‘Bloodborne’ is a bloodbath of frustration

Bloodborne is a bloodbath of frustration

By AUstin Miller, @AMiller_DE

Blood is gross.

Sure, it guarantees life for every animal, but seeing too much causes people to vomit. Even with this in mind, “Bloodborne” based its whole aesthetic on the vital fluid.

“Bloodborne” comes from From Software—no, that is not a typo, the studio is called From Software—the same studio behind “Demon’s Souls” and “Dark Souls.”


Both of those games hold the reputation of being extremely hard, designed for the most hardcore gamers. They stood out with difficult gameplay and stories based on discoverable lore that does not beat players over the head. Both were noticeable among easy shooters with 10 minute long cut-scenes that pound monotonous narratives into your brain.

With those qualities in mind, “Bloodborne” follows suit.

The environment of “Bloodborne” is one of the coolest in recent memory. The Gothic city of Yharnam is said to have medical cures, which are greatly needed as the world’s population has been overrun by a plague.

Arriving in Yharnam, the player sees the city has been consumed by the plague, with many of its citizens having mutated into bestial creatures. Survivors take to the streets each night to hunt the beasts and save the city.

Players feel the plague hanging over the town. There is a cloud of darkness looming overhead that feels as if all hope has been sucked away and it has been raining ink for months.

Walking around, exploring and trying to talk to the citizens reveals the hidden story of “Bloodborne.”


After knocking on doors, natives greet gamers with disgust. Their optimism has faded and they see the protagonist as anything but human.

One example comes from a little girl who is worried about her mother. She has not seen her dear mom in days and asks players to keep an eye out. She says her mom is wearing a big, red brooch and hands over a music box so she knows you were sent for her. She said the the tune the box plays used to calm down her father when he was angry.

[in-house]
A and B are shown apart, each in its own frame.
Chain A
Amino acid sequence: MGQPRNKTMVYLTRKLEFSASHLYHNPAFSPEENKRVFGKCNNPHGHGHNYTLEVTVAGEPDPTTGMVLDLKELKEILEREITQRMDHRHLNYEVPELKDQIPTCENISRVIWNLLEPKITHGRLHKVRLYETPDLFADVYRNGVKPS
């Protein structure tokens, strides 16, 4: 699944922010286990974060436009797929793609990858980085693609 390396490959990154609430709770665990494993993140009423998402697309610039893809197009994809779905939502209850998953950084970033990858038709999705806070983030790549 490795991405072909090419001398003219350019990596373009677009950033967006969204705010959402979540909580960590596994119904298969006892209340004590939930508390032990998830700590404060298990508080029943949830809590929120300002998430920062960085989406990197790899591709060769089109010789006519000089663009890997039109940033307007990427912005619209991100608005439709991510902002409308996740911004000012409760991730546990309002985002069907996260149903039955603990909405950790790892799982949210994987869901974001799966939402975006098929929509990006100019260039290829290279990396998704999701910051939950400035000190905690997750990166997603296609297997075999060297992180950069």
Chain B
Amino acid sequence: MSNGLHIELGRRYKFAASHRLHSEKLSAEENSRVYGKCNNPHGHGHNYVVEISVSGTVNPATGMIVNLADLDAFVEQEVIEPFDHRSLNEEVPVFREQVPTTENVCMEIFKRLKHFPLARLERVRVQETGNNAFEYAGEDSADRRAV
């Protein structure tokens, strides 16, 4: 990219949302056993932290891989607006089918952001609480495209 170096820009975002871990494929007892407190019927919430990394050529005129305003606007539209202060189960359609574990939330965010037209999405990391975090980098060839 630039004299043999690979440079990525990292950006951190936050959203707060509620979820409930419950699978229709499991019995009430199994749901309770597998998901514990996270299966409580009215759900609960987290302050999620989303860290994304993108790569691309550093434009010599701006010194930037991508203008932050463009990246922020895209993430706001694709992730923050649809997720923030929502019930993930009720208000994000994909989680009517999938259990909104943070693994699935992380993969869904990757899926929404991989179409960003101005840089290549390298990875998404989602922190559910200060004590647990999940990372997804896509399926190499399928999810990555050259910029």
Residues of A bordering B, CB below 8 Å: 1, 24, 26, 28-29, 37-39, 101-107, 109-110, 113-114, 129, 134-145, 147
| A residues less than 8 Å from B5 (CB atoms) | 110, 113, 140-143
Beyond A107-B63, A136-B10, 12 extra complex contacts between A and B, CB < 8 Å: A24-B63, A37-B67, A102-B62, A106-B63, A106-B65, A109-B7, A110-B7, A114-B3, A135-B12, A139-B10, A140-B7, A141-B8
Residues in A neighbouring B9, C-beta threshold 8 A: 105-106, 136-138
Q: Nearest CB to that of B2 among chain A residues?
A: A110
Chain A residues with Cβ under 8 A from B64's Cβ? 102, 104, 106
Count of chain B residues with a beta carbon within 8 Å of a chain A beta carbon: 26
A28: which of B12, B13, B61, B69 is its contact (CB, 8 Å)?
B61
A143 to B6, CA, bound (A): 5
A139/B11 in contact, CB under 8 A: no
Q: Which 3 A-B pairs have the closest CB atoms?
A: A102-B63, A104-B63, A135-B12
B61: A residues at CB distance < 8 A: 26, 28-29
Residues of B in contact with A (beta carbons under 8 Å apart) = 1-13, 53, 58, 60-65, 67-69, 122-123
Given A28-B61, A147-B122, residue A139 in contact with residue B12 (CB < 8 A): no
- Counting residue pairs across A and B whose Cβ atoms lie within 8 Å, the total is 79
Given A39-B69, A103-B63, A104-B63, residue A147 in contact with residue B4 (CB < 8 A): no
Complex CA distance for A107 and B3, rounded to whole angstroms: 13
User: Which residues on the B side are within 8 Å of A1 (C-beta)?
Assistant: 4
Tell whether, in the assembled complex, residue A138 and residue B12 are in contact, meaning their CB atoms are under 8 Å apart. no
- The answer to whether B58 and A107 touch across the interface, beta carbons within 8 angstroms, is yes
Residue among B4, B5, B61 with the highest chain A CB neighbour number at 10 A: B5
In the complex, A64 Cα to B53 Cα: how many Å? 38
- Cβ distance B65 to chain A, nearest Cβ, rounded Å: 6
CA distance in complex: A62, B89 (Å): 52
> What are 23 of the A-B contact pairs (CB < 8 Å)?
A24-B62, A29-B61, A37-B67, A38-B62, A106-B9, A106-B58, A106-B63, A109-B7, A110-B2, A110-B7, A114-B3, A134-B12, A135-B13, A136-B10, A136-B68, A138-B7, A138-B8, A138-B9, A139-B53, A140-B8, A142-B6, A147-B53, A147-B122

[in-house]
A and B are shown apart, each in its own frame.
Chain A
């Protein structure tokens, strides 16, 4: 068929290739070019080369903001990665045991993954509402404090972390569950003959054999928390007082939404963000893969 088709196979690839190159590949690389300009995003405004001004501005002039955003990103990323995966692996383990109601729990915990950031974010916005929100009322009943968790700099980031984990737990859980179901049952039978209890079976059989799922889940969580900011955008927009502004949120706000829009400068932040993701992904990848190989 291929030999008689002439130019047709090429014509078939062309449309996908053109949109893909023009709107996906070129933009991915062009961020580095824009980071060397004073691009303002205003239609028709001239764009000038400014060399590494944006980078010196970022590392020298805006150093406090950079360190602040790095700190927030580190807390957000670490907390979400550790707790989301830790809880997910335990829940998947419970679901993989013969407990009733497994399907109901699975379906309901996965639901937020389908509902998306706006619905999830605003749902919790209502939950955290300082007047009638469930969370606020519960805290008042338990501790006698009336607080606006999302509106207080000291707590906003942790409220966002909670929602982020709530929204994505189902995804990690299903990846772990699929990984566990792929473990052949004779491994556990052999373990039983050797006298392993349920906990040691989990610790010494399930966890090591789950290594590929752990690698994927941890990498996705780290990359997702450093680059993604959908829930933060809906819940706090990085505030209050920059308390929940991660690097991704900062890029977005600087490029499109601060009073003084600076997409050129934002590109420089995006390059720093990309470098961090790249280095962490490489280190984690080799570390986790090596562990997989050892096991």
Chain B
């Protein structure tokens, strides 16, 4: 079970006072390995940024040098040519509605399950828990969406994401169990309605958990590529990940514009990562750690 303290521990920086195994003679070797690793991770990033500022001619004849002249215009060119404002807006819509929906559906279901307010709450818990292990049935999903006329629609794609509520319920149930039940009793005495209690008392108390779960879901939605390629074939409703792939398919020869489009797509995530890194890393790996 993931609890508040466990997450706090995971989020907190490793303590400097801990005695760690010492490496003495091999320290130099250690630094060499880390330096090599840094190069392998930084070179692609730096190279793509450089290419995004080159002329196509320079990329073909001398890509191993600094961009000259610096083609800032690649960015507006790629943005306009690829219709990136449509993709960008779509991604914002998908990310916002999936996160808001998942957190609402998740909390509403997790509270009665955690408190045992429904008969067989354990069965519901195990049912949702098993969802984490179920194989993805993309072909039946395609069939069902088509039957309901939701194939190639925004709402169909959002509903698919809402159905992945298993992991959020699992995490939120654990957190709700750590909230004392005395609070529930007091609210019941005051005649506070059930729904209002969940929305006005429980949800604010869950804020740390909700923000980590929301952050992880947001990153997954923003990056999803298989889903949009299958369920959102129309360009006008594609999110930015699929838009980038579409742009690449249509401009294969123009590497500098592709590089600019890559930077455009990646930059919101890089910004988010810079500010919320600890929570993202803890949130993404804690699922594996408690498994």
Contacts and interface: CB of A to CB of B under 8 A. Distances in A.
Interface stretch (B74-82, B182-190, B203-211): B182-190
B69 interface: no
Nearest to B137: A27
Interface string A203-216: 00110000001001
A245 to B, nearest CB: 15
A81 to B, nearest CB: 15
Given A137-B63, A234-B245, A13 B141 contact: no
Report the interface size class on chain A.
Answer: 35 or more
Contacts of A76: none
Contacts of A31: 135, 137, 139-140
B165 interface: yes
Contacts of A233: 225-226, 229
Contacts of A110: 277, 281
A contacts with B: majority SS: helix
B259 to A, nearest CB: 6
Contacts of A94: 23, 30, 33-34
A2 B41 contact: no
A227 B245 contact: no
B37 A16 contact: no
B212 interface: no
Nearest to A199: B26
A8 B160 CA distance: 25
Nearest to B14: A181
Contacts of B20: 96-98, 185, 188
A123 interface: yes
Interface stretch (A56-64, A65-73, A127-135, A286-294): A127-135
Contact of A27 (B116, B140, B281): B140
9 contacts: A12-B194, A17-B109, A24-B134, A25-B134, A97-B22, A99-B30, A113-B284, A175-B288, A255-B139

Hunting for this jewel among a horde of monsters becomes a real needle in a haystack.

The red brooch has still not been found before meeting the first boss of the game, Father Gascoigne, a man with a devilish cowboy hat and a bad attitude.

While running around trying to dodge attacks and bullets, you see several bodies of people fallen at the hands of Gascoigne. When suddenly, your eyes catch the red brooch. How did she wind up here?

After playing the music box with the hope of reviving the poor woman, players notice Gascoigne starts to freeze up and writhe in pain. That’s when the sad story comes together.

No, this guy is not some kind of evil priest striking vengeance at the behest of the lord, he is a man overtaken by the plague who took his own wife’s life. Now you know the little girl is orphaned in a world where the strongest barely survive and hope is a long forgotten concept.

Now it is the protagonist’s duty to defeat this monster and take at least one evil from the world.

This subtle storytelling makes the discovery much more haunting. Players have just started the game by the time they meet the girl, so they have not truly seen the despair of Yharnam. But stumbling upon her and finding the fate of her mom lets you know the world is truly lost.

As much as I loved the storytelling, this gameplay was less than I desired.

I knew the game would be hard when I first put it in. I knew I would die a lot, but I have enjoyed difficult games like the “Hotline Miami” series. Unfortunately, “Bloodborne” just made my blood boil.

Clicking the thumb stick locks the camera onto enemies, but moving the camera slightly moves the focus onto different beasts. When timing to attack one monster, the player lunges at another one, leaving him vulnerable to the original.

Fights can be fun and cool when they are just one-on-one. The physics of the blood in combat are kind of a sick treat to entice battle. Striking a beast with a weapon sends blood splattering in the direction of the exit wound, soaking the surrounding environment like a Jackson Pollack painting. The protagonist becomes coated in the blood of his enemies, like some kind of war paint to scare off the other brutes. But they do not care.

Each enemy attacks in different fashions. Some are fast, some are slow and others just beat the crap out of you.

“Hotline Miami” felt more like a puzzle. “Bloodborne” feels like a theoretical physics problem. Someone out there is smart enough to get through it, and I feel no shame in conceding. He or she is not me.

Each death results in running through the same areas repeatedly and the boss battles hurt my brain just thinking about them.

This is made even worse because the loading screen after each death takes nearly a minute, which may not seem like a lot, but feels like eternity after constantly meeting your maker.

It is pretty odd for me to really like one aspect of a game and really dislike another. Because I prefer a good story to good gameplay, I view “Bloodborne” in a more positive light. Gamers with a little more patience may like this game more than I did.

Jack Black said, “You’re not hardcore, unless you live hardcore,” in the film “School of Rock.”

I guess I am just not as hardcore as I thought.

3.5 stars out of 5

Austin Miller can be reached at [email protected]